South African road trip- Port Elizabeth and Jeffreys Bay
Place: Port Elizabeth Accomodation: Island Vibe Beach House Time spent: 1 night
I flew into Port Elizabeth early in the morning and spent the whole day and the night. There is not much to do at Port Elizabeth. It an industrial town and the town centre has a lot of industry and factories. The hostel is nice and near the beach and you can also walk to the casino/waterfront/pier area which has some shops and restaurants. The pier and casino/ waterfront area is all accessible.
If you are on the Baz Bus you have to stop in Port Elizabeth for the night. However you can also do day trips to the Addo Elephant (has all the Big Five) from Port Elizabeth . The hostel I stayed at was in an old house and so was nice and roomy and wheelchair accessible (there was a side accessible entrance). However during the night my bed did collapse from under me (must be all those pretzels in Germany) and the staff moved me to my own private room.
Place: Jeffery’s Bay Accomodation: Island Vibe Backpackers Time Spent: 3 nights
For those that know their surfing, Jeffery’s bay is famous for it’s surf break Super Tubes, and is a stop on the world surfing tour. The town has many restaurants, and is home to factory outlets for the big surf brands (Billabong, Quicksilver etc)
The town itself is fairly flat however the curb and guttering isn’t great. The hostel I stayed at was amazing, right on the beach. It has heaps of activities (dune riding, surf lessons, township tours), but is also a great place just to chill out. Food is not included but they cook a dinner every night which is fairly cheap. In terms of accessibility it’s ok. Most of the rooms have level access. The bathrooms are just cubicles so they can be a bit tricky, and there is also only one bathroom for most of the hostel. I asked reception to put a plastic chair in one of the showers for me so I could access it and that worked ok. The main bar area is split level, with two steps in the middle, however you can access both levels you just have to go the long way around.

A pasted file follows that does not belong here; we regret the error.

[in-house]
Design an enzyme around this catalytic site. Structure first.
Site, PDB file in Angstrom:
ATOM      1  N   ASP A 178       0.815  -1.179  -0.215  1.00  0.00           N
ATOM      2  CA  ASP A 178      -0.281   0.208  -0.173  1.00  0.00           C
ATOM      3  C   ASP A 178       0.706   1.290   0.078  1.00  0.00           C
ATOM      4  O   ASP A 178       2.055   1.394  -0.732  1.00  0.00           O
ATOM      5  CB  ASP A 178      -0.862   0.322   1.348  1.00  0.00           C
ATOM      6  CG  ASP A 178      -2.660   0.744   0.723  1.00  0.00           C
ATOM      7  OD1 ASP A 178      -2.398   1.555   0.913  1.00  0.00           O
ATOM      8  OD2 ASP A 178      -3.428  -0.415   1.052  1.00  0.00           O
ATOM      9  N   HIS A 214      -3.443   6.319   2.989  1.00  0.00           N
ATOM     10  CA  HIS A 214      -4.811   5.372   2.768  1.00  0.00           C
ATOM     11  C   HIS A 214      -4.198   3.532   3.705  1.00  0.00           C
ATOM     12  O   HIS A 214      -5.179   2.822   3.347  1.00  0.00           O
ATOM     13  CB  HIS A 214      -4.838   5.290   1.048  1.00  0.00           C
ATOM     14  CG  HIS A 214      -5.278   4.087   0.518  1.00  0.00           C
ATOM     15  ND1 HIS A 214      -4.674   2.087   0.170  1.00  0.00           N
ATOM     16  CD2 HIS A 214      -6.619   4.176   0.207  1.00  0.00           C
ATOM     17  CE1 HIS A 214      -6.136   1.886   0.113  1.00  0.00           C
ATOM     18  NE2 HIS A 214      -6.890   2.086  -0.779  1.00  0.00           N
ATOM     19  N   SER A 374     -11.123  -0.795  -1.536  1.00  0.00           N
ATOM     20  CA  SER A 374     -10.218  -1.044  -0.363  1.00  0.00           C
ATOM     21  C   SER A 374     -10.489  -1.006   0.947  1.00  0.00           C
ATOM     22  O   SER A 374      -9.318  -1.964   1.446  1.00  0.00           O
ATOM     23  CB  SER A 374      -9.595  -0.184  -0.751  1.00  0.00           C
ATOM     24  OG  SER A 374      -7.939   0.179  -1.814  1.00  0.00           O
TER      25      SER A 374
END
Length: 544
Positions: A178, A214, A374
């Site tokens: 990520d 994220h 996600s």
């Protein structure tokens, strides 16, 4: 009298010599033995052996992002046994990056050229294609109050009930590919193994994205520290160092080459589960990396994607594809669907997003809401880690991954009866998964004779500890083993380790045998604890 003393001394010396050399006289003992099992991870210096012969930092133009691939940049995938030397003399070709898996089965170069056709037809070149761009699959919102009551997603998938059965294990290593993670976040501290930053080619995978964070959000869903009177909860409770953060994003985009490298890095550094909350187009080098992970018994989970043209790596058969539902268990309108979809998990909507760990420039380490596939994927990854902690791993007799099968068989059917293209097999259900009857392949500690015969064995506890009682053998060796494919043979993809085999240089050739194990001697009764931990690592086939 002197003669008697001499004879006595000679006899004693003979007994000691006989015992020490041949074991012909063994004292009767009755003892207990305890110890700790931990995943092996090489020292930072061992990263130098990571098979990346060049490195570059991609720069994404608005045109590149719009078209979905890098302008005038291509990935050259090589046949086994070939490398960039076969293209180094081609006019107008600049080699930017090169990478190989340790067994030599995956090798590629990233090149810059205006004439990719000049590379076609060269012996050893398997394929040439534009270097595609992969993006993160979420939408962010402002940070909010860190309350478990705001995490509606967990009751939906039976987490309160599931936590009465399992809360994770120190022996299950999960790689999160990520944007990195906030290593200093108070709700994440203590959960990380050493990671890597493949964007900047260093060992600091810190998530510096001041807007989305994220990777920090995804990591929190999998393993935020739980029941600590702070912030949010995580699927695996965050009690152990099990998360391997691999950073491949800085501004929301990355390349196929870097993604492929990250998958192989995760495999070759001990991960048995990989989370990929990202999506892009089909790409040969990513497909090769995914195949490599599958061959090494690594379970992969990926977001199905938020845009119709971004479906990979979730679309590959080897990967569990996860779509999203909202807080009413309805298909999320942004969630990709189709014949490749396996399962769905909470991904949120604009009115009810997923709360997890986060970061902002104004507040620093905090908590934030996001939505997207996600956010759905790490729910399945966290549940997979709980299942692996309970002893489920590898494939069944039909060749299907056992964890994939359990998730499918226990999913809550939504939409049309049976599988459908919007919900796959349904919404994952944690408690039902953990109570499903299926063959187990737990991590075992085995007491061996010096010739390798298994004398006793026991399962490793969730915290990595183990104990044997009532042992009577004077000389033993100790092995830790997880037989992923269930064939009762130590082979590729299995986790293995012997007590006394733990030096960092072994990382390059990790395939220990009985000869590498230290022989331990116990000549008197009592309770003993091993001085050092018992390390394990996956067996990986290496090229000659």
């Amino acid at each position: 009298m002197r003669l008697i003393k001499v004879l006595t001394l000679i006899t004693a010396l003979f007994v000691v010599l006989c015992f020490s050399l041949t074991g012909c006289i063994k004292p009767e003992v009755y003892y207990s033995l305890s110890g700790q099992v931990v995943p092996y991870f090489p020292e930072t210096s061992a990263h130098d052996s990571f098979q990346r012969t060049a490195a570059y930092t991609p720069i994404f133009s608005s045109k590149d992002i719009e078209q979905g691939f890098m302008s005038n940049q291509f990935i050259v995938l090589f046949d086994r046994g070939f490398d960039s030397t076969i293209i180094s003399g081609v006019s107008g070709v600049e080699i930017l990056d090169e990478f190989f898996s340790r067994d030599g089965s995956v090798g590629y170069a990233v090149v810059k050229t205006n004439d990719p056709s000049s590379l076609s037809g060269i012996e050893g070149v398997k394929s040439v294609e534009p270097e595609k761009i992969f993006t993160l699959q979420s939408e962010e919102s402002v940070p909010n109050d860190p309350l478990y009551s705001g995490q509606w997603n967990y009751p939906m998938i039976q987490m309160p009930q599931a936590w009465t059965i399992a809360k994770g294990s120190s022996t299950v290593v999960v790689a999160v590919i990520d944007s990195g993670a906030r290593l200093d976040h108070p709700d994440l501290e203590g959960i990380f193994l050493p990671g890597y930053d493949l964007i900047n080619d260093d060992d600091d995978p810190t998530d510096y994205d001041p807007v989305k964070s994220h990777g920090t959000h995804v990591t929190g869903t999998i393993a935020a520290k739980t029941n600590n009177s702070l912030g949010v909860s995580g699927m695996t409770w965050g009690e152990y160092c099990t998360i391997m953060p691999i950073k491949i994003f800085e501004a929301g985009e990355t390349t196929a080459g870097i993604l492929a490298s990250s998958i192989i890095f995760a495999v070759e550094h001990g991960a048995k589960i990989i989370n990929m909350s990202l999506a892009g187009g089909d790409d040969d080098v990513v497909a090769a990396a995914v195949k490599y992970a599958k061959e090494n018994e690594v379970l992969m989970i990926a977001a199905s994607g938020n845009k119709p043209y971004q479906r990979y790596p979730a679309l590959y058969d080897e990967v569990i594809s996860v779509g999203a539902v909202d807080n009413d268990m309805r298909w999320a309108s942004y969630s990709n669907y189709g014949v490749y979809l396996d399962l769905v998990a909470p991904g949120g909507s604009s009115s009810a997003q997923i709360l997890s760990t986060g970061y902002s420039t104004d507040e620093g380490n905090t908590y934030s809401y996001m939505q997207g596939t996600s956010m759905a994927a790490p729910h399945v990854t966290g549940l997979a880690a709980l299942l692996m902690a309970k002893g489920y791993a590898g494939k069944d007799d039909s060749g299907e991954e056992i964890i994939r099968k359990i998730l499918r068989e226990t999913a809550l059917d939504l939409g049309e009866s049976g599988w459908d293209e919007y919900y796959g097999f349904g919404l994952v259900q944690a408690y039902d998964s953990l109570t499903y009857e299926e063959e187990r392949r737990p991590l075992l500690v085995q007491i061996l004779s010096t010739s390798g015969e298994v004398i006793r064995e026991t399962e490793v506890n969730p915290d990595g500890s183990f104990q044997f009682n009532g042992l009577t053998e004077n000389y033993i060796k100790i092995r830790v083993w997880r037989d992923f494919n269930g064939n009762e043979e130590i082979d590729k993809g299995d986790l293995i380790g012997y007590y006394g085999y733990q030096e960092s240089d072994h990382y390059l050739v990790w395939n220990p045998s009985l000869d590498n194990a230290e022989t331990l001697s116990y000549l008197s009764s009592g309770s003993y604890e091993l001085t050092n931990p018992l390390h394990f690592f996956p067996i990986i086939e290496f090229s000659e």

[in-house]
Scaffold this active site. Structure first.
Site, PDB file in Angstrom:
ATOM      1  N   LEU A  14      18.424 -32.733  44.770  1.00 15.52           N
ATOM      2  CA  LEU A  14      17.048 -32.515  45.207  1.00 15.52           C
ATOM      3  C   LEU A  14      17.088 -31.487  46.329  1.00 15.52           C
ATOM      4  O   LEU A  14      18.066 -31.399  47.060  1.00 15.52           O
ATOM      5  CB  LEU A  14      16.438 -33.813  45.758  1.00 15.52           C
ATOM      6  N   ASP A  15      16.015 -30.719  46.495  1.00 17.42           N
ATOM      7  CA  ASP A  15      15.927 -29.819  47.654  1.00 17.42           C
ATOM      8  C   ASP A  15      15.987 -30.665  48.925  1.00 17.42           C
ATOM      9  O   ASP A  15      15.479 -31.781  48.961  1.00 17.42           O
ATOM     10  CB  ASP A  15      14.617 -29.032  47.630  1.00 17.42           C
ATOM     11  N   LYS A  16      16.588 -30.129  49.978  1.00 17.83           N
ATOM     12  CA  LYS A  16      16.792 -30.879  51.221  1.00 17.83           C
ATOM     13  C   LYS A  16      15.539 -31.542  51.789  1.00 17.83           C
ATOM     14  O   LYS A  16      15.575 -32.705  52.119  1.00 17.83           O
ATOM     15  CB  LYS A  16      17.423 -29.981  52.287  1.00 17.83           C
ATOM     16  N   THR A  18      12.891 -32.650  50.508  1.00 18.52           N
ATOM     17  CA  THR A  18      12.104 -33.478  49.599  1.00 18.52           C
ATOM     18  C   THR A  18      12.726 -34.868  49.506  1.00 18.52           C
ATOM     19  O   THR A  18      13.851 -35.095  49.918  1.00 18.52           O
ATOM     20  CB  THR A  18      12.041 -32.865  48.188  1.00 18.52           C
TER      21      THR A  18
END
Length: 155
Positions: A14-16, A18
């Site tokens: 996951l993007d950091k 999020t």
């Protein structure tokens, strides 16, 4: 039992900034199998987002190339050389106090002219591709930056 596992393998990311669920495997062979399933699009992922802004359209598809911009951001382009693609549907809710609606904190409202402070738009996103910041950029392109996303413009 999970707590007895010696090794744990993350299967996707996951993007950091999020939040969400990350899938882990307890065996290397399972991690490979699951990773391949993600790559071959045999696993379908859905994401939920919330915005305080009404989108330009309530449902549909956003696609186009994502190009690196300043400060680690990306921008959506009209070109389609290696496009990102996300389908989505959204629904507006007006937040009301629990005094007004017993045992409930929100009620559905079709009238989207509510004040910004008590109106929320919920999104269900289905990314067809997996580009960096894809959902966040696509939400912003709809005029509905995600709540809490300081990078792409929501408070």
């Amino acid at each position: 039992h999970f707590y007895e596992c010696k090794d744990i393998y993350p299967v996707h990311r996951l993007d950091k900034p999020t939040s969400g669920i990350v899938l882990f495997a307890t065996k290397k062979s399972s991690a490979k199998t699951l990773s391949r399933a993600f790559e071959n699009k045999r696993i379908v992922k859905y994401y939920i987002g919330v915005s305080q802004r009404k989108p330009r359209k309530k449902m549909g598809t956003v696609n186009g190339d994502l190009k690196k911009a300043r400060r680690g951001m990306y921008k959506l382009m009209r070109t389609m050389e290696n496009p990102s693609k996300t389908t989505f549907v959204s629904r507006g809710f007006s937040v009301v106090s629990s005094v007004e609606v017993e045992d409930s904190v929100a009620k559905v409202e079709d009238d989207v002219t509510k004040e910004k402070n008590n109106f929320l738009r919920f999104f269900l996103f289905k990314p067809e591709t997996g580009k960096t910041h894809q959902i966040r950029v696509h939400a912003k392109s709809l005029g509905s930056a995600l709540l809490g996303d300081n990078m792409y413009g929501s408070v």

In terms of access to the beach there is a very steep set of stairs so unless you fancy crawling up and down them, it is best to go up the road to the main beach. The main beach (also called Dolphin Beach) has a wheelchair accessible deck and a wooden ramp down to the sand.
Most the time I just hung around in the hammock and on the beach, but one day I did end up doing a Township tour. The township tour takes you to the local township to learn about African culture and customs. It is not very wheelchair accessible unless you have someone to help you or big fat tyres to get over the rough terrain as there are no paths or general infrastructure. All the buildings are pretty makeshift so access into the buildings (we went into a bar made out of scrap tin metal) is also pretty questionable. However it was extremely interesting. Highlights included the tour guide wanting to marry me and offering all of his cows and the police coming to the pub while we were playing pool as they deemed it too dangerous for 9 white people. However it was a very good way to see how other people have to live and made me appreciate how much I have and take for granted.
Anyway after traipsing around Europe for 2.5 months, Jeffreys Bay was an ideal place to catch up on some R n R.